Mexican Presidential Hopeful Would Further Tighten Control of Electricity Sector

The mayor of Mexico City outlined her plan to strengthen ailing electricity utility CFE during an interview with Bloomberg

Mexico City Mayor Claudia Sheinbaum, who has expressed her intention to run for president in 2024, during an interview at City Hall on Dec. 28, 2022.
By Nacha Cattan and Maya Averbuch
January 05, 2023 | 11:35 AM

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Bloomberg — Mexico’s leading presidential hopeful Claudia Sheinbaum, who is currently the mayor of Mexico City, wants to accomplish what even her mentor, President Andrés Manuel López Obrador, wasn’t able to: a constitutional change that would cement state control over the power sector and favor state utility CFE.

Sheinbaum sees herself as the natural successor to López Obrador, whose term ends in December 2024.

The mayor of Mexico City outlined her plan to strengthen the ailing electricity utility owned by the state during an interview with Bloomberg in late December. The issue gained renewed urgency, she said, after the energy crisis seen in Europe, “where too much privatization has generated a diverse set of problems.”

“A state electricity industry strengthens the electric system, and at the same time the private sector can participate,” limited to a 46% share of the market, Sheinbaum said at City Hall.


“If we manage to have a balance, based on clear agreements, then the system can grow in the future to meet all the needs of the country and strengthen renewable sources of energy.”

AMLO, as the Mexican president is known, has tried to restore state control over the energy sector, but has faced stiff opposition from lawmakers who say his plan would harm competition and hinder Mexico’s ability to meet environmental commitments.

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One of AMLO’s electricity bills was blocked in congress, and another was approved but remains caught up in court cases. He has still managed to boost the state’s dominance of the sector through changes to regulation and negotiation of permits.


But Sheinbaum promised that, if elected president in June 2024 with a strong congressional base, she would seek to amend the constitution to ensure that the Comision Federal de Electricidad controls at least 54% of the electricity market — AMLO’s stated goal.

The CFE has said it generates about half of Mexico’s electricity, and López Obrador worries it could quickly lose market share if its preponderance over private companies isn’t guaranteed in the constitution.

“It’s necessary to strengthen CFE and be clear about what kinds of private investments are allowed,” Sheinbam said.

By giving preference to the state-owned power generator, Mexico puts at risk investments in renewable energy projects from foreign companies including Spain’s Iberdrola SA and Acciona Energia SA, as well as France’s EDF and Engie SA.


To be sure, there’s no guarantee that López Obrador’s successor, if elected, would have a larger congressional support than he currently has.

Sheinbaum is polling far ahead of any potential candidate from opposition parties, but only slightly ahead of other names the president has cited as his potential torch bearers. And while the mayor is seen by people close to the president as his top pick, AMLO himself has denied having made a choice. It’s up to the ruling Morena party to decide its candidate through a survey this year.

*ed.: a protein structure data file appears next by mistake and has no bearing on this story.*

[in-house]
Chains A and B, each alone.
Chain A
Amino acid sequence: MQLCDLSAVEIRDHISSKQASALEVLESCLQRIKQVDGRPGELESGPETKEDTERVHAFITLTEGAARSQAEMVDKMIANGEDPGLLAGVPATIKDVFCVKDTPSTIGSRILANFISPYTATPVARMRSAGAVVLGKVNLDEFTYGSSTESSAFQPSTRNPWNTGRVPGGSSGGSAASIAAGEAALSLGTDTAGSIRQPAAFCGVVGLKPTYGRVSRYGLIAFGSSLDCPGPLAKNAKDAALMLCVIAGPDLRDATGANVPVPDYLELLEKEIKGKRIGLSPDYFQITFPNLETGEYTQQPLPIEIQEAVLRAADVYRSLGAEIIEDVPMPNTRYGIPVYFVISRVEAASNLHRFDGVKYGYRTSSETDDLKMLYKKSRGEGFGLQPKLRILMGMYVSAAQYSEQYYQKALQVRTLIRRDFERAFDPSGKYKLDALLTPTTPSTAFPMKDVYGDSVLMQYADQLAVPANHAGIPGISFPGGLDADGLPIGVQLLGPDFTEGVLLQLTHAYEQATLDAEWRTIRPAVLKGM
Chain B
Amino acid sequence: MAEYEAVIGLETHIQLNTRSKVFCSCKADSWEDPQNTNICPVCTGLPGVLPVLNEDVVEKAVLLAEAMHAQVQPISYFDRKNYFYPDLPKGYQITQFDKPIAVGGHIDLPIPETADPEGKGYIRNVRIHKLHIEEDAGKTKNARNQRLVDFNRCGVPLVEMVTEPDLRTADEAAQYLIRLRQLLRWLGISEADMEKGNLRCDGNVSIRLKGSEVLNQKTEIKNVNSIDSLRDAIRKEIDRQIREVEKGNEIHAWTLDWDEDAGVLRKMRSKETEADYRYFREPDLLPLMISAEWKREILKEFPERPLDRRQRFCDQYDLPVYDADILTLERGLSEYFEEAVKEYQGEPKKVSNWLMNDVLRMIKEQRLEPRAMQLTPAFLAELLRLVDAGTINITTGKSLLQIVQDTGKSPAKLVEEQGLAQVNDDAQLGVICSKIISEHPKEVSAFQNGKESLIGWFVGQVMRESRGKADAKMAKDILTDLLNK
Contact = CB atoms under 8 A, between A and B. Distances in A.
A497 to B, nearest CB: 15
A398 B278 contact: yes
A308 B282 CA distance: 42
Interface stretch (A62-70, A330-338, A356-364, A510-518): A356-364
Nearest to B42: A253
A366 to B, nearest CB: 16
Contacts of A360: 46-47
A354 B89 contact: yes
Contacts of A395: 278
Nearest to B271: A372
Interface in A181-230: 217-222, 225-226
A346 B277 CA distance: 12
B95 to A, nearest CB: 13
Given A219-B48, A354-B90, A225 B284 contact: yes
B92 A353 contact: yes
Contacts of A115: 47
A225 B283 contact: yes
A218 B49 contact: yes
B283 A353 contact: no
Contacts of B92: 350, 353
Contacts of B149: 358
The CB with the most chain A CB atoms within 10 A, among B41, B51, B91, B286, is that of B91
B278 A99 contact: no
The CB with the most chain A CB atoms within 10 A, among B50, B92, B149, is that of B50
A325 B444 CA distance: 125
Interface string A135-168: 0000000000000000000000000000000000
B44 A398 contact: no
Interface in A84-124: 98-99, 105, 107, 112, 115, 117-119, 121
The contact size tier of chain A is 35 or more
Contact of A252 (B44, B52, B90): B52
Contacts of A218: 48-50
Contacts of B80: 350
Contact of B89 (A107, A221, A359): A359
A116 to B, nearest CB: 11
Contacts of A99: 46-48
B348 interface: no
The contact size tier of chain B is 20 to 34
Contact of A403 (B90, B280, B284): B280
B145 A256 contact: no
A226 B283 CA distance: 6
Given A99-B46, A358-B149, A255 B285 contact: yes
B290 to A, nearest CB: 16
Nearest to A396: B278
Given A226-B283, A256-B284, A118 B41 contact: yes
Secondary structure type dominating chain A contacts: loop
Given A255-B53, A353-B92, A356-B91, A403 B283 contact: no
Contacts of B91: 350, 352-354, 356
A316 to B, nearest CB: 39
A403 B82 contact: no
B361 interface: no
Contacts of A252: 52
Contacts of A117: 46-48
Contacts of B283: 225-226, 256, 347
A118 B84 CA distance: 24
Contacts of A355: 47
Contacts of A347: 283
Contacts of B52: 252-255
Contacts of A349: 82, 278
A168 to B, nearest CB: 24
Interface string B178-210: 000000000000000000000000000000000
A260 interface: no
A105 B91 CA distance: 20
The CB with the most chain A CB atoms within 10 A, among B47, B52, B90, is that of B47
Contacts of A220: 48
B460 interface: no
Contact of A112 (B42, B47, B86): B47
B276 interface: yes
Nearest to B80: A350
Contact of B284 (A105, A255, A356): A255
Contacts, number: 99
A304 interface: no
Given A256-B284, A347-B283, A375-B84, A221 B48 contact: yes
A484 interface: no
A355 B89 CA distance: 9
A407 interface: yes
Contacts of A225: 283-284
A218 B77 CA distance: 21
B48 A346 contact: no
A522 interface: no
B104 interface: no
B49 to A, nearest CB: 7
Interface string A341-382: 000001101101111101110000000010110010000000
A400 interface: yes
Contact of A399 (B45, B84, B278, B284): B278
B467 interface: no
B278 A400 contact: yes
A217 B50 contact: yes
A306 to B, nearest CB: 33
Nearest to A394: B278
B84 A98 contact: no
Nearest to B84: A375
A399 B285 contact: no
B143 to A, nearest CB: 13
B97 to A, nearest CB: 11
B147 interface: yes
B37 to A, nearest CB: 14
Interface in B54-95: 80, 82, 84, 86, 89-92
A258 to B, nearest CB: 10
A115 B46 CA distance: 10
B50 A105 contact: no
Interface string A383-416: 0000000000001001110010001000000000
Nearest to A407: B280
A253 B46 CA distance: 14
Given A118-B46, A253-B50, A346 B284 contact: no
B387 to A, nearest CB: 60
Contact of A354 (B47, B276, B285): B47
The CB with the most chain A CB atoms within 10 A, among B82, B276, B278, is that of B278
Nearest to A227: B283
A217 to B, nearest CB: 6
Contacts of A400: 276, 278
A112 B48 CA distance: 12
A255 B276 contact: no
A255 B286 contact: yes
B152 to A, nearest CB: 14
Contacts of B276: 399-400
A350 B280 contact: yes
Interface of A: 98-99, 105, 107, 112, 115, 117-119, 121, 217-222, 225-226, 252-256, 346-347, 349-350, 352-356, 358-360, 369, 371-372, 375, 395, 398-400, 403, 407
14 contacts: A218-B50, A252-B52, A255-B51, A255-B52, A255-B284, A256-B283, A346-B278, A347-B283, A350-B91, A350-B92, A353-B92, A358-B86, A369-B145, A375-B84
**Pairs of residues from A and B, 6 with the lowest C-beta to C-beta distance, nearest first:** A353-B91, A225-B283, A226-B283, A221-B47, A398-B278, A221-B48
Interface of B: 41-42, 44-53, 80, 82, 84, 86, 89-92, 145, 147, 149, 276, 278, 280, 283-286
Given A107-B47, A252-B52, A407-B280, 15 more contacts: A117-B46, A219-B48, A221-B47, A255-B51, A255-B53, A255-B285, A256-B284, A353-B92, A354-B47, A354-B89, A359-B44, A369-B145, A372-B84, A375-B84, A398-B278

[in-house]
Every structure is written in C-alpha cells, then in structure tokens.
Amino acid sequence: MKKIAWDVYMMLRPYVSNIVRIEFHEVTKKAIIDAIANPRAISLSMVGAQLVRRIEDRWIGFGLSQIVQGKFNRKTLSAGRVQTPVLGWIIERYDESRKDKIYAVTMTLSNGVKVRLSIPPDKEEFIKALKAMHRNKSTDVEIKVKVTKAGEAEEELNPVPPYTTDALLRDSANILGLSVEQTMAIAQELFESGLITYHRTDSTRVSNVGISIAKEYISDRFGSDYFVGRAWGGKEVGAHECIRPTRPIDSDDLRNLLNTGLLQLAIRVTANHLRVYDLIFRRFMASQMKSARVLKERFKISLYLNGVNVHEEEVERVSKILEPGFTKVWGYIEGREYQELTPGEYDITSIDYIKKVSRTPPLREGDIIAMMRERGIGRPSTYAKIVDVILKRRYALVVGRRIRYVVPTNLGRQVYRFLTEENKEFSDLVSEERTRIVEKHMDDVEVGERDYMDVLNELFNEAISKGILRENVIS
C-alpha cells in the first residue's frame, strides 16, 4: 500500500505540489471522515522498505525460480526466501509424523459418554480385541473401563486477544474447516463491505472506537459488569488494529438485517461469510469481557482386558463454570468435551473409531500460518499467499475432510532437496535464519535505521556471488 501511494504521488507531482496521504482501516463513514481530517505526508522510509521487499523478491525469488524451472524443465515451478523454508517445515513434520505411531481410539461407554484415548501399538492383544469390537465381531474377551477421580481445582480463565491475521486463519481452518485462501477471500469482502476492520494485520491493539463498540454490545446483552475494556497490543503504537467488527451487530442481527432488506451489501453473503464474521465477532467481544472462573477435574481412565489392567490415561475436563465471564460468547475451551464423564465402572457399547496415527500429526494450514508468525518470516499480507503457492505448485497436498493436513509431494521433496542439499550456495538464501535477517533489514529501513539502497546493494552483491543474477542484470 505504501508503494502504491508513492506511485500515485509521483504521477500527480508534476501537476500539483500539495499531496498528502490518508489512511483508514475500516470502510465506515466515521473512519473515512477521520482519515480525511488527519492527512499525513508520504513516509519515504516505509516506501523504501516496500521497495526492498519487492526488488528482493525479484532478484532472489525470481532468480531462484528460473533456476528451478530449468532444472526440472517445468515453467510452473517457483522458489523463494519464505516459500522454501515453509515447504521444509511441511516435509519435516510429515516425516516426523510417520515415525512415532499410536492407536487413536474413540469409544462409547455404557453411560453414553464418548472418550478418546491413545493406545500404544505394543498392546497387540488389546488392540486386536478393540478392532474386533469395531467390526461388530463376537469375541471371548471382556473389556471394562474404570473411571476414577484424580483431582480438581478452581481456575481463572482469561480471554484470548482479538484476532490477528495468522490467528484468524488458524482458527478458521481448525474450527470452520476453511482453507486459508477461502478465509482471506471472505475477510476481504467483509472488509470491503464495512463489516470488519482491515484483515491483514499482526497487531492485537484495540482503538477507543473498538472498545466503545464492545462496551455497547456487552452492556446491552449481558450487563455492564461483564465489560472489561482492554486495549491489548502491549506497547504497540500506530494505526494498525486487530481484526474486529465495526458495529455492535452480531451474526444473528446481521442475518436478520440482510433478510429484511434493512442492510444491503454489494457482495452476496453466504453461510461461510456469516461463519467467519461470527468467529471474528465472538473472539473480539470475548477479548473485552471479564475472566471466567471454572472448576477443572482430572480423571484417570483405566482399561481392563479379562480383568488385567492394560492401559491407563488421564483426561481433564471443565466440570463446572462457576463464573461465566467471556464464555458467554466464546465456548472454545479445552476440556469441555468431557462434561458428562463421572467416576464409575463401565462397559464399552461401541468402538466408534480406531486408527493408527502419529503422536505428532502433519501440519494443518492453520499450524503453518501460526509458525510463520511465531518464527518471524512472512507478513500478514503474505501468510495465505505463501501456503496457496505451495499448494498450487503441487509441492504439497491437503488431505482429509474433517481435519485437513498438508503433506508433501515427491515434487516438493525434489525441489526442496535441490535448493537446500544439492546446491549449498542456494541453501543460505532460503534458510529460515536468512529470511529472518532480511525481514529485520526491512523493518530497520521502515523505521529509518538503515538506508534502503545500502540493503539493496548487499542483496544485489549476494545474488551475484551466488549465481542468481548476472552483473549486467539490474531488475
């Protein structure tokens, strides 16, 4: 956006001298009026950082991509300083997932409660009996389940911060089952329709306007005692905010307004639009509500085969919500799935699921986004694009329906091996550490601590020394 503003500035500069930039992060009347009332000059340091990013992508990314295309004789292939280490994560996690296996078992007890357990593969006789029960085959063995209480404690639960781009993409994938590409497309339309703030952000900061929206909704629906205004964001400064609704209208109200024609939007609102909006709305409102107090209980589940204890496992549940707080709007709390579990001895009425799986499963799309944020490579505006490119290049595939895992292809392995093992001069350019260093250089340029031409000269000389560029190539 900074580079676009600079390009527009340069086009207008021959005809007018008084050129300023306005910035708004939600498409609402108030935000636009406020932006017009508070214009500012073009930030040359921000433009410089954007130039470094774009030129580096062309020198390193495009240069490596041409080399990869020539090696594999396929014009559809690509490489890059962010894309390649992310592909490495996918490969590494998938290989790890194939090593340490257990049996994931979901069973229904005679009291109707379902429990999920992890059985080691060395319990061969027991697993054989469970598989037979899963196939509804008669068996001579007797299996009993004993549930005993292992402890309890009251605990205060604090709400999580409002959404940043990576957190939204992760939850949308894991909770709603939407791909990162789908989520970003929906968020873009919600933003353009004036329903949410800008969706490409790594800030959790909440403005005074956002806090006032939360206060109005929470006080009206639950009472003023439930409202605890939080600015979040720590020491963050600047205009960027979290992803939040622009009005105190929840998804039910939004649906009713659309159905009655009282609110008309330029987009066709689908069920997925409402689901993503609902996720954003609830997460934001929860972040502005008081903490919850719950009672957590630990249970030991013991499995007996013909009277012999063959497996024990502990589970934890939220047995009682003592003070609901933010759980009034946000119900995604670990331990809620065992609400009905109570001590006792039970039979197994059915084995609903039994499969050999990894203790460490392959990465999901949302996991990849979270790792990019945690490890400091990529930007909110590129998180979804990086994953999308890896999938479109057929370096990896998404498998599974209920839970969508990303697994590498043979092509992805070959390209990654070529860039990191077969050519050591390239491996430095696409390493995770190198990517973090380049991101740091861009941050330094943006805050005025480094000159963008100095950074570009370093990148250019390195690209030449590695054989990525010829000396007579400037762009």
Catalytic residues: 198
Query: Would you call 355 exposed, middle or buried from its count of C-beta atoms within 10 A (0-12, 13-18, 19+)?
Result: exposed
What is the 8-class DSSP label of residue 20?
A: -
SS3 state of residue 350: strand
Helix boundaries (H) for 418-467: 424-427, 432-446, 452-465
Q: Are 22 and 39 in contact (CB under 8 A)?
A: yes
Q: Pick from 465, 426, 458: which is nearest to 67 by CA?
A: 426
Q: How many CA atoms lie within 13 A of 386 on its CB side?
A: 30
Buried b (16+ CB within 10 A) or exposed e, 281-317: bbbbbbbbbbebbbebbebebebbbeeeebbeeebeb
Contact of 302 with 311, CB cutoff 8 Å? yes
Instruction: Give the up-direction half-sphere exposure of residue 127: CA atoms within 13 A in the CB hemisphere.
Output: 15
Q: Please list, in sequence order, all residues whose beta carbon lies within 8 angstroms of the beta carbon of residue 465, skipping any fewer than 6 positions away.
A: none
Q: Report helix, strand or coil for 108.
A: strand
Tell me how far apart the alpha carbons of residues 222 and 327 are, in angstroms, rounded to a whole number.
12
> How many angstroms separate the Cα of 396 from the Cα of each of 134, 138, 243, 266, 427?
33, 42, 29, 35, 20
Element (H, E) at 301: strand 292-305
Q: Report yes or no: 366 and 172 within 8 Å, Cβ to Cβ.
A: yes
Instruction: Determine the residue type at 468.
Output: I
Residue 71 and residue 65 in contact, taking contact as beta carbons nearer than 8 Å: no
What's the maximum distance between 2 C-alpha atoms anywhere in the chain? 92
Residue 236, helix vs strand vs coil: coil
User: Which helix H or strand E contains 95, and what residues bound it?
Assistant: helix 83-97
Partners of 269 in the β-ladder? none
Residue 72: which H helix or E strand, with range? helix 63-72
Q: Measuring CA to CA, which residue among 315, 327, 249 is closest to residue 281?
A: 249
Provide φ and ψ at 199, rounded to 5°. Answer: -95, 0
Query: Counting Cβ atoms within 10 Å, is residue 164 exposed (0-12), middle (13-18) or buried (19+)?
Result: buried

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Green initiatives

The mayor’s opinions on energy and the economy hew closely to those of AMLO, but at the same time she expresses more interest in environmental projects and a future transition out of fossil fuel.


An environmental engineer by trade, Sheinbaum, 60, said she’d like to bring her climate-friendly projects from the city, such as electrifying part of the public transportation system, to a national scale. She wants to boost public investment in research and development for green initiatives. While her climate focus would represent a shift from AMLO, critics of the current administration have long said that giving preference to CFE, which has aging hydroelectric infrastructure and slow-growing solar projects, would discourage private green investments.

She also avoided saying whether she would raise taxes, something AMLO has vowed never to do. That topic, she said, needs to be discussed with business leaders so that it isn’t a “topic of conflict but rather consensus.”

On most other matters, however, Sheinbaum’s and AMLO’s views are in sync.

She would respect the central bank’s autonomy, but concurs with the president that the board should pay more attention to economic growth and not just inflation. In the same vein, she wants public policy to focus less on expanding gross domestic product and more on boosting development and well-being.


She would substantially raise the minimum wage each year, as the president has done, and has promised to continue the current administration’s fiscal austerity.

The mayor declined to say how her administration would significantly differ from AMLO’s, arguing that it’s not the time for her to be making such distinctions since the president still has almost two years left in office.

Sheinbaum served as the capital’s environment minister when AMLO became mayor in 2000, and later headed the city’s populous Tlalpan district. She thinks she’s well positioned to become Mexico’s next president because it’s time for a female leader to take on the job.


“There are people who want a female president and our movement is doing well in the polls,” she said. “So there’s a really good chance this will happen.”


--With assistance from Amy Stillman.